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Topic: fourier transform of distributions (Read 1370 times) 

trusure
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fourier transform of distributions
« on: Mar 16^{th}, 2010, 1:57pm » 
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the Fourier transform of a derivative is: (d/dx(f))^ = i s (f^)(s) Now I have the function f(t)={ sin(t) , if pi/2 <=t<=pi/2 0 , else } how to prove that (d/dx(f))^ = i s (f^)(s) in distribution sense; I mean applying the notation <f^, phi> = <f, (phi)^> (or any other rules like : <f ', phi> =  <f, (phi)'> ) for any test function phi thanks

« Last Edit: Mar 16^{th}, 2010, 1:57pm by trusure » 
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MonicaMath
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Re: fourier transform of distributions
« Reply #1 on: Mar 17^{th}, 2010, 8:40am » 
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Did you find the FT for your function? I will give it to you f^(s)=sqrt(2/pi) i s cos(s.pi/2)/(s^2  1) use this now.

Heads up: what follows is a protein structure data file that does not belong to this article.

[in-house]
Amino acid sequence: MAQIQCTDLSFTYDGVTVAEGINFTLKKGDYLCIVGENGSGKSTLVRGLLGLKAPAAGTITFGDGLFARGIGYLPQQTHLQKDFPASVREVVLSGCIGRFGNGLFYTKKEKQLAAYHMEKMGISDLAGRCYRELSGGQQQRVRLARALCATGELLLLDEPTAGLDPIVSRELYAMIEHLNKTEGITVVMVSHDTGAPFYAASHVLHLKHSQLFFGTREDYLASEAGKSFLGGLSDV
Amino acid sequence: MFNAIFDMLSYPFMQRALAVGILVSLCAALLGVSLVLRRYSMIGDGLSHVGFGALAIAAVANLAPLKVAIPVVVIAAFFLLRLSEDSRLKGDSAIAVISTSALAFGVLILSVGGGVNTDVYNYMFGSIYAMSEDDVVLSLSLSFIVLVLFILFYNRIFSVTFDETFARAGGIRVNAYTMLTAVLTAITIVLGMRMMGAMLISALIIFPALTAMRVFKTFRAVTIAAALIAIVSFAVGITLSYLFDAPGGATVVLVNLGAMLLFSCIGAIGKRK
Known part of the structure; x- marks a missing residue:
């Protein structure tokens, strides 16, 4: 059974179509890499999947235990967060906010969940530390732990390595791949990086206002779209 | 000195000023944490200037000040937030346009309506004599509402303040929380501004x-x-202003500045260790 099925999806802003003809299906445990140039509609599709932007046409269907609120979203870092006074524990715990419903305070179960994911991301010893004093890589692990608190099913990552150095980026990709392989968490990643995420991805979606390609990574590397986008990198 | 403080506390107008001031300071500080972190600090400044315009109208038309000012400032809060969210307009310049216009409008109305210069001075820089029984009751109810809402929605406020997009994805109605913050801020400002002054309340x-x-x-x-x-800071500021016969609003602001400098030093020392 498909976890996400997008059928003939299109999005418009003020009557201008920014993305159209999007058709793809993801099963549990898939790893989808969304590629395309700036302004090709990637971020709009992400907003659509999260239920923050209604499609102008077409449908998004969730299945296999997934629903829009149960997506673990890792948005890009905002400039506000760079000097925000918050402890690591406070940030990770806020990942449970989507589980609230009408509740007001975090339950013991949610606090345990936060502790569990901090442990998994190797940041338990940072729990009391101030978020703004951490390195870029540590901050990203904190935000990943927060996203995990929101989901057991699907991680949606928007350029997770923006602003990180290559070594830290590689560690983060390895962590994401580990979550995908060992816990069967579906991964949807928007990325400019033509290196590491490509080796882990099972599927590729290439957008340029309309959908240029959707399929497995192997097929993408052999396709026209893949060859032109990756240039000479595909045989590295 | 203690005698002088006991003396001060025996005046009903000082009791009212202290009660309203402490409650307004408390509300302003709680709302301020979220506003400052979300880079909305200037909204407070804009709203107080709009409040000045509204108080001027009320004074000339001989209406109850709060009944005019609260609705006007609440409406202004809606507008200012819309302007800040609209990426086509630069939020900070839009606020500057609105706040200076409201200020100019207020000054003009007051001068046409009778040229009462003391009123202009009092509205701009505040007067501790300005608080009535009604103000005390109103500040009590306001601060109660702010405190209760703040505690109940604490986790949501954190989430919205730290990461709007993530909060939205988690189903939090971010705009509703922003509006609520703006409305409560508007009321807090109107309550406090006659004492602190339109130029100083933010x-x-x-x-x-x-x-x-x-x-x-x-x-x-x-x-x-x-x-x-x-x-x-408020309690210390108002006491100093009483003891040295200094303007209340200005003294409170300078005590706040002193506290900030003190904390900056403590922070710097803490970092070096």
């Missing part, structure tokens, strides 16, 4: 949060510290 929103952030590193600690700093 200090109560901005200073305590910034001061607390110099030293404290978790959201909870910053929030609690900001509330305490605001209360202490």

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Obob
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Re: fourier transform of distributions
« Reply #2 on: Mar 17^{th}, 2010, 10:50am » 
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Rather than work with this particular function, you can do it for any (tempered) distribution f as follows (writing D for d/ds and p = phi for the test function to save space): <i s f^, p> = <f^, i s p> = <f, (i s p)^> =  <f, D(p^)> = <Df, p^> = <(Df)^, p>, which says that (Df)^ = i s f^. The crucial step here is <f, (i s p)^> =  <f, D(p^)>, which follows from (i s p)^ =  D(p^). This is just a statement about test functions; you can prove it by writing out the definition of the Fourier transform and differentiating under the integral.


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